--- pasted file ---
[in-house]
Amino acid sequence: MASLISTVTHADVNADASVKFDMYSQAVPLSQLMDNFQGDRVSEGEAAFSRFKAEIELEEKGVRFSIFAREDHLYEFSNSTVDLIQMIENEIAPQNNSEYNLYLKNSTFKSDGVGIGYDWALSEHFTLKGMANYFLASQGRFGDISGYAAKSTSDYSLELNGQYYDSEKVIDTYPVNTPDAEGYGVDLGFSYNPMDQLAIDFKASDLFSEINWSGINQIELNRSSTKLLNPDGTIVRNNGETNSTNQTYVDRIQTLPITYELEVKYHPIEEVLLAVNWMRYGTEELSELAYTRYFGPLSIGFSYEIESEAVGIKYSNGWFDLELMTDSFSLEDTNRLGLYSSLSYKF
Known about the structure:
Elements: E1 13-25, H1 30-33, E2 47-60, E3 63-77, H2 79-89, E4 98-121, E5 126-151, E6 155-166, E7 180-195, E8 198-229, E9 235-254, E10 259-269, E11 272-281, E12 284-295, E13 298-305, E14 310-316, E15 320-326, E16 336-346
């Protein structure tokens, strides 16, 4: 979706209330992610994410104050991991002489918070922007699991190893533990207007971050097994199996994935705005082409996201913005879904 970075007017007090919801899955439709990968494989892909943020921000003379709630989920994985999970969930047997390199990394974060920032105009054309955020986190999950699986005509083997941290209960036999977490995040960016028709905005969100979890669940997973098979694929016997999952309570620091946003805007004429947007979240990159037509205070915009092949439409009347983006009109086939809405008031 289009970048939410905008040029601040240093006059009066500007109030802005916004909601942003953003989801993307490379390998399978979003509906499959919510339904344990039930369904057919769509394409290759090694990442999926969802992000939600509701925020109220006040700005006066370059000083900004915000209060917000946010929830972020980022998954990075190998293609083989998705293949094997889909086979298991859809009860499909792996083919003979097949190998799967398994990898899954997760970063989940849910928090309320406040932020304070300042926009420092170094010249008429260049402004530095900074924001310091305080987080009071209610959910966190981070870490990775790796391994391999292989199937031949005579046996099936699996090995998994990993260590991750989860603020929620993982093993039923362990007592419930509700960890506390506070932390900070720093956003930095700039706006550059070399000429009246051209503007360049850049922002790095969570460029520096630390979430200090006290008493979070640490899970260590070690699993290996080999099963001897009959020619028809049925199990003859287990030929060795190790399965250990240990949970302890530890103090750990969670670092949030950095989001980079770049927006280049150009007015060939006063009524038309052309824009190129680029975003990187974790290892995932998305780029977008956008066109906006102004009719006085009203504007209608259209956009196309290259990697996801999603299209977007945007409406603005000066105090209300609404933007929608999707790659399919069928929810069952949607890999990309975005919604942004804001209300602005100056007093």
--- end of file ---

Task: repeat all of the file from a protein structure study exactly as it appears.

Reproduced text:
[in-house]
Amino acid sequence: MASLISTVTHADVNADASVKFDMYSQAVPLSQLMDNFQGDRVSEGEAAFSRFKAEIELEEKGVRFSIFAREDHLYEFSNSTVDLIQMIENEIAPQNNSEYNLYLKNSTFKSDGVGIGYDWALSEHFTLKGMANYFLASQGRFGDISGYAAKSTSDYSLELNGQYYDSEKVIDTYPVNTPDAEGYGVDLGFSYNPMDQLAIDFKASDLFSEINWSGINQIELNRSSTKLLNPDGTIVRNNGETNSTNQTYVDRIQTLPITYELEVKYHPIEEVLLAVNWMRYGTEELSELAYTRYFGPLSIGFSYEIESEAVGIKYSNGWFDLELMTDSFSLEDTNRLGLYSSLSYKF
Known about the structure:
Elements: E1 13-25, H1 30-33, E2 47-60, E3 63-77, H2 79-89, E4 98-121, E5 126-151, E6 155-166, E7 180-195, E8 198-229, E9 235-254, E10 259-269, E11 272-281, E12 284-295, E13 298-305, E14 310-316, E15 320-326, E16 336-346
């Protein structure tokens, strides 16, 4: 979706209330992610994410104050991991002489918070922007699991190893533990207007971050097994199996994935705005082409996201913005879904 970075007017007090919801899955439709990968494989892909943020921000003379709630989920994985999970969930047997390199990394974060920032105009054309955020986190999950699986005509083997941290209960036999977490995040960016028709905005969100979890669940997973098979694929016997999952309570620091946003805007004429947007979240990159037509205070915009092949439409009347983006009109086939809405008031 289009970048939410905008040029601040240093006059009066500007109030802005916004909601942003953003989801993307490379390998399978979003509906499959919510339904344990039930369904057919769509394409290759090694990442999926969802992000939600509701925020109220006040700005006066370059000083900004915000209060917000946010929830972020980022998954990075190998293609083989998705293949094997889909086979298991859809009860499909792996083919003979097949190998799967398994990898899954997760970063989940849910928090309320406040932020304070300042926009420092170094010249008429260049402004530095900074924001310091305080987080009071209610959910966190981070870490990775790796391994391999292989199937031949005579046996099936699996090995998994990993260590991750989860603020929620993982093993039923362990007592419930509700960890506390506070932390900070720093956003930095700039706006550059070399000429009246051209503007360049850049922002790095969570460029520096630390979430200090006290008493979070640490899970260590070690699993290996080999099963001897009959020619028809049925199990003859287990030929060795190790399965250990240990949970302890530890103090750990969670670092949030950095989001980079770049927006280049150009007015060939006063009524038309052309824009190129680029975003990187974790290892995932998305780029977008956008066109906006102004009719006085009203504007209608259209956009196309290259990697996801999603299209977007945007409406603005000066105090209300609404933007929608999707790659399919069928929810069952949607890999990309975005919604942004804001209300602005100056007093």